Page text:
Functional communication training (FCT), an evidence-based practice developed by Carr and Durand (1985), is a non-aversive alternative approach to addressing challenging problem behavior (Ganz and Hong 2014). FCT is built on the theory that challenging behavior may be a means of communicating one’s needs when individuals are unable to communicate in more socially acceptable manners, such as through conventional speech (Mancil 2006; Kurtz et al. 2011; Sigafoos, Ganz, O’Reilly, and Lancioni 2008). By teaching socially appropriate communicative responses to meet the needs of an individual, challenging behaviors may diminish (Carr and Durand 1985). FCT therefore begins with a functional analysis (FA) or a functional behavior assessment (FBA) of the individual’s challenging behavior and then a communicative response is taught to the individual to serve the same function, or purpose, previously occasioning challenging behavior (Durand 1990). An FBA is a process that includes a variety of means of evaluating why an individual is engaging in a particular behavior; this may include checklists and observations in typical settings in which the behavior occurs (Mancil 2006). An FA involves experimentally manipulating a number of possible conditions while collecting data to measure the frequency of the behavior in each conditions, such as the frequency of the behavior contingent upon gaining attention, gaining access to a preferred item or activity, escaping a task, or while alone (Iwata et al. 1982). The function of communication varies across individuals, and may be hypothesized based on the results of the functional analysis, including functions such as allowing the individual to gain access to attention from another person or tangible item or an activity, to avoid or escape a task demand or to access time for self-stimulatory behaviors (Durand 1990; Mancil 2006; Mancil and Boman 2010). The mode of communication used may be verbal, gestural or sign language, pictorial, or utilize a speech-generating device (Durand 1990).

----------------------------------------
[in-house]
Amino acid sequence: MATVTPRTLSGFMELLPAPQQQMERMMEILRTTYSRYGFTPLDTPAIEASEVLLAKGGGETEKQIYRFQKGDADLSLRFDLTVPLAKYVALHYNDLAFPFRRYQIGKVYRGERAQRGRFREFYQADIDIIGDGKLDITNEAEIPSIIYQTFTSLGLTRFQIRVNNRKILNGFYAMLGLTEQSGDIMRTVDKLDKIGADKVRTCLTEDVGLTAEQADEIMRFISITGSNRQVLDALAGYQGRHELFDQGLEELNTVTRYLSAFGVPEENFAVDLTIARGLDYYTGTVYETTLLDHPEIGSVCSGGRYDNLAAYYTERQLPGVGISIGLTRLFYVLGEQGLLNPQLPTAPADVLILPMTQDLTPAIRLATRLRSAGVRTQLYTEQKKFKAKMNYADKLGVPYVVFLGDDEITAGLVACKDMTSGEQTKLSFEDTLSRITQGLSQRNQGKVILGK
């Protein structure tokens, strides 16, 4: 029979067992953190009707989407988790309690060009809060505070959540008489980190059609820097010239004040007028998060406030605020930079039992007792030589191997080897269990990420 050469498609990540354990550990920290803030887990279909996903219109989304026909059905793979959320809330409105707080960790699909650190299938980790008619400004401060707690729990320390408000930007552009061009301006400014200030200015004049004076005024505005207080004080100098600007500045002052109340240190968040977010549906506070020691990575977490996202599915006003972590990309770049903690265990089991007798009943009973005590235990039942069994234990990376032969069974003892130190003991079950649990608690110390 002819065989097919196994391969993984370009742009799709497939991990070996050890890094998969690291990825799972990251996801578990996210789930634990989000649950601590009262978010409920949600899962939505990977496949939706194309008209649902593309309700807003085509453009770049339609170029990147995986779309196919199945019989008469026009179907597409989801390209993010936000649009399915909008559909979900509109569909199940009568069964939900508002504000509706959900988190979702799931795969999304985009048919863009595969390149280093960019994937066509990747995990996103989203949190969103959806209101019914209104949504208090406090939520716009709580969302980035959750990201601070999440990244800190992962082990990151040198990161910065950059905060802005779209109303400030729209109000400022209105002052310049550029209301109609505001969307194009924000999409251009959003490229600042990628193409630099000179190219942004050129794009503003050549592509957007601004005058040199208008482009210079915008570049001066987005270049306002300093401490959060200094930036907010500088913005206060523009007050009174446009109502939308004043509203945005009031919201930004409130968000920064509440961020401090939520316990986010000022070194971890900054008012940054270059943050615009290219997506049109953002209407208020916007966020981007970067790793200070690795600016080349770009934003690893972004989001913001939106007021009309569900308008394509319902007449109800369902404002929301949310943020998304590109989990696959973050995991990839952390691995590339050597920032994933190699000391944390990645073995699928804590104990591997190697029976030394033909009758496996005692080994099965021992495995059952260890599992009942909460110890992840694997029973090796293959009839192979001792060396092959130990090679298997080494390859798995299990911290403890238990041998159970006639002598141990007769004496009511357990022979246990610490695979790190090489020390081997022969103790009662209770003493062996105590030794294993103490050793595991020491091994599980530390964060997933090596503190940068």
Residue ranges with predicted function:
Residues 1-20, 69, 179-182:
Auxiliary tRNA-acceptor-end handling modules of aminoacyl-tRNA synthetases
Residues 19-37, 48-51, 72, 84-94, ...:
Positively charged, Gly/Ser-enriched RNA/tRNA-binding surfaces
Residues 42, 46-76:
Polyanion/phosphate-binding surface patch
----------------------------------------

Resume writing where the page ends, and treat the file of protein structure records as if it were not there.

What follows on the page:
There are several variables to consider when choosing a mode of communication (e.g., speech, sign language, and augmentative or alternative communication) for the replacement behavior. For instance, less effort required in the communication response leads to more effective interventions (Bailey, McComas, Benavidas, and Lovascz 2002; Buckley and Newchok 2005; Horner and Day 1991; Richman, Wacker, and Winborn 2001; Ringdahl et al. 2009). That is, the mode of communication that the individual is most proficient with using at pre-assessment may be the most effective at replacing challenging behavior (Ringdahl et al. 2009). Additionally, when prior means of communication (e.g., challenging behavior) were strongly linked to reinforcement, instruction in replacement communicative acts may be initially ineffective (Winborn et al. 2002); that is, established learned challenging behaviors are difficult to modify until the older behaviors no longer result in access to reinforcement. Teaching a novel communicative response may be more effective, such as selecting a mode (e.g., verbal, pictorial, gestural) that is unfamiliar or a new response within the same mode but considered to be different from how the individual usually communicates (Winborn et al. 2002; *Winborn-Kemmerer, L et al. 2009). While mode of communication appears to be linked directly to proficiency, research determining whether the mode of communication differentially impacts the effectiveness of FCT is limited and no review or meta-analysis has considered this question to date.